The growth of microservices as a development architecture further complicates things. Innovations like service mesh enable the promise of visibility, reliability, and security in a dynamic multi-cloud world, but not all enterprises are building pure greenfield apps and will typically require integration to their legacy environment. Building with the future in mind is hard when there are so many more urgent priorities to address in the near term. Enterprises are looking for a solution that will both solve for their immediate challenges, as well as create a foundation for true application-centric security, visibility, and reliability controls.
Scytale Enterprise alleviates today’s pain of uniformly identifying software services within and across an enterprise, allowing customers to easily extend their existing hardened authentication controls to any dynamic platform that they adopt. Built upon the SPIFFE and SPIRE open source identity framework, Scytale delivers unified identity management and access control for hybrid IT environments.
With Scytale Enterprise, customers can:
- Define identities by policies, not by credentials. Instead of insecure methods like hardcoded credentials, SPIFFE and SPIRE provide a secure method and standardized process for mutual service authentication.
- Describe policies using multiple factors. Authentication policies can be robust and include factors such as “can we affirm the integrity of the machine it runs upon?” or “has it been signed by the CI/CD pipeline?”
- Deliver credentials from any identity provider to all platforms. Enterprises are an amalgam of old and new. In order for these services to work together support for technology like Active Directory and Kerberos across these multiple environments is crucial for Fortune 500 buyers.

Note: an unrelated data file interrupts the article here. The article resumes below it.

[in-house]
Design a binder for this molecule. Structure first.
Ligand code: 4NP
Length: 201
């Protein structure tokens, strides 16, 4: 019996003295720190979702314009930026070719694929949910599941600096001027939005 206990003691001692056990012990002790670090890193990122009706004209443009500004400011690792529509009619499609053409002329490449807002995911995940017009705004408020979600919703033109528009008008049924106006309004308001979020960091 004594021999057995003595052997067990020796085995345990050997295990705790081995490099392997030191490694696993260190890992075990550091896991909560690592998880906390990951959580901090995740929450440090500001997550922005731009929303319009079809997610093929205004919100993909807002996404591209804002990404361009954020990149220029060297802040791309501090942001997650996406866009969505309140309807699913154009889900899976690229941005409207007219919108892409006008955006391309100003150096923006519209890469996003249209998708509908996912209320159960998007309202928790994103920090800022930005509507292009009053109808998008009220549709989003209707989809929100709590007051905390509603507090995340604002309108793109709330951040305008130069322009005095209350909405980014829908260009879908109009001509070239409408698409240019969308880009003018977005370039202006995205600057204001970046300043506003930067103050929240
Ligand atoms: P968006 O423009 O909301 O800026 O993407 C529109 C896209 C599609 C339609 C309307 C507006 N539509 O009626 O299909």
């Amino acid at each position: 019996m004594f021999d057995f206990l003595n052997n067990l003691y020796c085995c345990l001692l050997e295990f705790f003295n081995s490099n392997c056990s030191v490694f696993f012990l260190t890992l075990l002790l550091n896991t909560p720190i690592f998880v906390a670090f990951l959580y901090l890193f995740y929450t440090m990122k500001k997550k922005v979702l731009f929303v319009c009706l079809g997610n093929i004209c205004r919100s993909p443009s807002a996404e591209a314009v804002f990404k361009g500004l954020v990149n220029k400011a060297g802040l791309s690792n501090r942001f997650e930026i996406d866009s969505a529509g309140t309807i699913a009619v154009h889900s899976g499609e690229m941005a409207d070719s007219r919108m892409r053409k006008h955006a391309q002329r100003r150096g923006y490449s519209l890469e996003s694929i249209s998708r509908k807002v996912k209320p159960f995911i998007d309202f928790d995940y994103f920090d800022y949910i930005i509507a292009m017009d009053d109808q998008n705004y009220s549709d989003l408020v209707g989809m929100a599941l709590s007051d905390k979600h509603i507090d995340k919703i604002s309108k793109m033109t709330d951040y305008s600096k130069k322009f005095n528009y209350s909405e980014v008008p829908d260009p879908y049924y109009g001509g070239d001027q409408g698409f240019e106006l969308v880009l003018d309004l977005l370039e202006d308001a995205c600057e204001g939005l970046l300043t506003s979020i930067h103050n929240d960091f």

It was clear from early customer conversations leading up to our investment that service identity is an infrastructure pattern with major security benefits. Aside from being able to set up consistent authentication between services, the promise of Scytale and SPIFFE impacts areas like rate limiting, debug-ability, and cost controls. As we look to future security innovations, we realize better security isn’t more products, but security already built into the infrastructure that engineers use to create and operate.
Zero Trust is predicated on the fundamental pillars of all resources being accessed in a secure manner regardless of location, enforcement of least privileged access control, and inspection and logging of all traffic. Just as Cisco, Palo Alto Networks, and vArmour segment and control the traditional network and Centrify, Microsoft, and Okta provide IAM for users, Scytale is taking the next step of bringing Zero Trust identity management to everything other than humans, which becomes even more important as enterprises strategize their container and microservice journey.
We’re thrilled for this milestone but even more excited for the years ahead working with Sunil and the Scytale team as they continue to scale and build the future.
If you’re interested in learning more, check out:
- Scytale Enterprise, the industry-first service identity management for the cloud-native enterprise.
- Andrew Jessup on Why Cloud and Containers Require a New Approach to Service Authentication
- Press coverage in TechCrunch, The New Stack.